Current Outrages Expose Ethical Paralysis

Judie Brown
November 20, 2012
Reproduced with Permission

Recent events have caused us to wonder whether or not our fellow citizens are capable of critical thinking at this juncture in America's slow slide toward moral wreckage. We seem to be unable to cope at this point with the differences between what is possible and what is proper.

For example, there are women in America today who are bearing other people's children so that they can pay their bills. One woman in particular, who has done this three times and is thinking of doing it again, states that she may do it again to enable her family to afford a down payment for a house.

The ethical question of whether or not womb rental should be accepted at all is not even considered. In today's moral freefall it is irrelevant.

Furthermore, as in the case of "rainbow families" - same sex couples having children - the question is not whether it is right, but merely, "When can we get started?"

Then there's a case in Utah where the American Civil Liberties Union (ACLU) is suing a school district for refusing to put the book In Our Mothers' House on the library shelves for young children to read. The book, which deals with lesbian families, is available from behind the counter, but the ACLU wants it publicly available to children without restriction.

It seems that the innocence of children has gone out the window in favor of tolerance of all things twisted and perverse.

Things are askew in the scientific world as well. There is discussion in some scientific quarters about the possibility of creating clones and three parent babies. Dr. Helen Watt pointed out during an interview on Vatican radio that the practice involved in creating genetically modified babies is problematic because fragmented genetic parenthood means that a child created in this way has no real parents, but rather a genetic mixture.

The scientific community, on the other hand, prefers to forge ahead explaining to its peers that, if this practice becomes widely used, many genetic defects will be engineered away prior to an acceptable embryo being implanted.

Many argue that all of these practices and actions involving reproductive technology can be used to improve the human race and make child rearing more equitable regardless of the sexual preference. But such shortsightedness is simply the result of one root cause - contraception. Prior to the wide acceptance of this practice, none of the questions we are dealing with today would have arisen.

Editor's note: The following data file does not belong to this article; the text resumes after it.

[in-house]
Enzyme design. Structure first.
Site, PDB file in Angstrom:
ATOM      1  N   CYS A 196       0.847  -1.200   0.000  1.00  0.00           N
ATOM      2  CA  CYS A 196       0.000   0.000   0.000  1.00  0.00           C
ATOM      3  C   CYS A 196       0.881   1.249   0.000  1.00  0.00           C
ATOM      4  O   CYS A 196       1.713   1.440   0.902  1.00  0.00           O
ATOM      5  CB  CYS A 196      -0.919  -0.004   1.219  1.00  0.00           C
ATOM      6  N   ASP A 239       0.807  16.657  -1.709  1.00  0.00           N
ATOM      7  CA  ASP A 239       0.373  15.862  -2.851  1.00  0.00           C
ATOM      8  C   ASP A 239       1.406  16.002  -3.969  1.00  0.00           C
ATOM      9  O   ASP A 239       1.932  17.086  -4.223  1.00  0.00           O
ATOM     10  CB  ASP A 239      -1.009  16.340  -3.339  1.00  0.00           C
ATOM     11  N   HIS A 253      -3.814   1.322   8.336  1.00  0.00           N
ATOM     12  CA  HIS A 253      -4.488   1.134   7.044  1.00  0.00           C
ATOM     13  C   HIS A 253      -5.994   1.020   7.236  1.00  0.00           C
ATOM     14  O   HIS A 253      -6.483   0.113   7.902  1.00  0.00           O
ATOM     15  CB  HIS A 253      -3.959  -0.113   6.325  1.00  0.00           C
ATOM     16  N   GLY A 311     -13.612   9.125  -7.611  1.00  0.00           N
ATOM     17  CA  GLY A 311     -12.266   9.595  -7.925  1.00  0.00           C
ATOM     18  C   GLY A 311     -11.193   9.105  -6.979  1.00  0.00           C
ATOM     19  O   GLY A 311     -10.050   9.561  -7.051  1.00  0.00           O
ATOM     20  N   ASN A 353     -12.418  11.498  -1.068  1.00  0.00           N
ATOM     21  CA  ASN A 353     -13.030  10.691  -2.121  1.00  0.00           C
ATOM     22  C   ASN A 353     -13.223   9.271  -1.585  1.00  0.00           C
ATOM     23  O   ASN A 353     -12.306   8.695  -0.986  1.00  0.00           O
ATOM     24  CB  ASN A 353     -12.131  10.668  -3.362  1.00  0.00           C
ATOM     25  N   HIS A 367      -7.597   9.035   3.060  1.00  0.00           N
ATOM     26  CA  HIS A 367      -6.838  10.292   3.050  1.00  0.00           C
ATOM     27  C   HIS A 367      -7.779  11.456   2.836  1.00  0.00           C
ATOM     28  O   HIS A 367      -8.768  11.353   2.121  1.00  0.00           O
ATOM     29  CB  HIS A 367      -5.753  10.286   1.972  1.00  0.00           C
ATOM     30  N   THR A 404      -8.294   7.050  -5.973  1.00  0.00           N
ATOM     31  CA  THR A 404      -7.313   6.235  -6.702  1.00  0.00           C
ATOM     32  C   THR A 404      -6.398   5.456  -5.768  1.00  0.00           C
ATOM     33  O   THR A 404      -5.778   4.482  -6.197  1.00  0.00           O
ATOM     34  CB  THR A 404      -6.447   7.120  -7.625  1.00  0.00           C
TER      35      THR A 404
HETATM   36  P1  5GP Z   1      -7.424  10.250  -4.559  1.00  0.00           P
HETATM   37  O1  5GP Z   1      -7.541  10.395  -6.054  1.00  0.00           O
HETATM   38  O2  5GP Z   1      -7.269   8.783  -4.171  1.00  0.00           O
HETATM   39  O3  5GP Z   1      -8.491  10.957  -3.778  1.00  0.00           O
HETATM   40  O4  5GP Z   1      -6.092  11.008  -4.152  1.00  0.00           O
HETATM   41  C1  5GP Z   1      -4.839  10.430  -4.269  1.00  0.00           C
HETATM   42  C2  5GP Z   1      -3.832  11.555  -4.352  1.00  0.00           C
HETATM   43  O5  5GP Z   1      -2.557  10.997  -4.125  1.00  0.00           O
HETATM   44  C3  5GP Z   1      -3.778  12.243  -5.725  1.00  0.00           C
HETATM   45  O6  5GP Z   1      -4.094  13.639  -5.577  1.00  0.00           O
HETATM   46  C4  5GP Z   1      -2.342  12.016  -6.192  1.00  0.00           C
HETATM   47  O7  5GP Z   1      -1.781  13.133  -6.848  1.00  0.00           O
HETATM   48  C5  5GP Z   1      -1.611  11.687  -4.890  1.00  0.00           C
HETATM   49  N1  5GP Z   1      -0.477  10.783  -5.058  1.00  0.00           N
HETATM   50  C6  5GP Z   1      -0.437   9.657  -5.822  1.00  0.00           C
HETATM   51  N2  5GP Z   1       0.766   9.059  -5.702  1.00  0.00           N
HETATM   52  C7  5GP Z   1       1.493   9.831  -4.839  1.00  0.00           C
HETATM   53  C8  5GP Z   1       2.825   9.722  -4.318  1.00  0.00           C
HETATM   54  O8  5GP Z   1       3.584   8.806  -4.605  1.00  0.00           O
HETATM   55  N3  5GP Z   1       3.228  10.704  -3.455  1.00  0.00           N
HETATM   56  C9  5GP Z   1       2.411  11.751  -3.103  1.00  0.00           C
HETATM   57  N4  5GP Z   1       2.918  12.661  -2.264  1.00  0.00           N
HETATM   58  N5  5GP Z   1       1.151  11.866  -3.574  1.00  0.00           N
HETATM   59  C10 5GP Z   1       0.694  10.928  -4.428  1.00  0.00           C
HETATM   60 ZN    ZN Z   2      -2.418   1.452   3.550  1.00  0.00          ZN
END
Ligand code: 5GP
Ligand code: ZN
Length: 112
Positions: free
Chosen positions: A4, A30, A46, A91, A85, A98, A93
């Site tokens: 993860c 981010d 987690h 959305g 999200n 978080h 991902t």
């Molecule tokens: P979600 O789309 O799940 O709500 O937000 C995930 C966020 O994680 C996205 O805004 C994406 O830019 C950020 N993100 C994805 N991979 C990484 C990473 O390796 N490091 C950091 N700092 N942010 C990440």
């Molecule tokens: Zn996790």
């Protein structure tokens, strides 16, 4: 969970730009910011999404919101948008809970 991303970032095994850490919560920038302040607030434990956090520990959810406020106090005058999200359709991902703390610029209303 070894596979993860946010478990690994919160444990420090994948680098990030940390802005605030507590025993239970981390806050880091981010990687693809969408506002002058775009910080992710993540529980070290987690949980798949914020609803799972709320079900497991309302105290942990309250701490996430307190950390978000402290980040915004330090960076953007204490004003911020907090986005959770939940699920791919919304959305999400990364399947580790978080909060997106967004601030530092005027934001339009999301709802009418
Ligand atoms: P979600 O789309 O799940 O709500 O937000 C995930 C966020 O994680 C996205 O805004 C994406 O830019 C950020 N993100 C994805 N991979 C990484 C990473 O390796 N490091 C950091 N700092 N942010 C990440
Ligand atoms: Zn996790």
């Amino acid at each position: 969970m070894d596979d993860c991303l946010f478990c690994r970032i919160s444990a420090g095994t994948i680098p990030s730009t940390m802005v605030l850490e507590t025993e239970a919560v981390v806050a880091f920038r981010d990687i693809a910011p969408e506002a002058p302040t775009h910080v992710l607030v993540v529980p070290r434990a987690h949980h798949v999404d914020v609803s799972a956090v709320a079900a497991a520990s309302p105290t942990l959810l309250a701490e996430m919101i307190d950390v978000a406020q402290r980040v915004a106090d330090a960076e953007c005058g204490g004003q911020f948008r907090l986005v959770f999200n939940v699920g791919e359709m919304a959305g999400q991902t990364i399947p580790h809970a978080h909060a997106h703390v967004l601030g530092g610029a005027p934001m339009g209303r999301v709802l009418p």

Recently, Father Shenan Boquet, president of Human Life International, wrote about the root causes of the culture of death, explaining that among the more fundamental aspects of the culture of death we are confronted first with sin and then with people who are experiencing "a violent fracturing" of relationships, faith, and even the family itself. Father then confirms:

The issue is contraception. What is interesting is that even a couple years ago, to mention this truth would be to invite eye rolling from even some passionate pro-lifers. But more and more, our Protestant brothers and sisters, and even some wayward Catholics, are realizing the wreckage that has followed in the wake of the sexual revolution - a revolution that would not have happened without contraception.

It is possible, of course, to ignore this truth and proceed along our merry way. And, as society continues its fascination with sexual satisfaction and scientific solutions to reproductive problems - without thinking about the consequences - we can anticipate even more deconstruction of truth.

The challenge before us is simple: When will we start asking what it means to be a human being?

Are we invincible entities who can continue to make our own rules as we go along in order to satisfy our every whim?

Do we care about the ethical paralysis that our fascination with all things sexual has created?

It occurs to me that we must challenge the status quo. We must teach that the remedy for this absence of movement toward what is ethical is to use common sense, logic, and a moral compass.

Such solutions are laughed at by so many today that it can become disheartening, but if we lose our desire to fight back and bring the body politic back from the brink, what then?

As for me, I'd rather do all I can to administer the cure and accept the consequences. Let's go down fighting.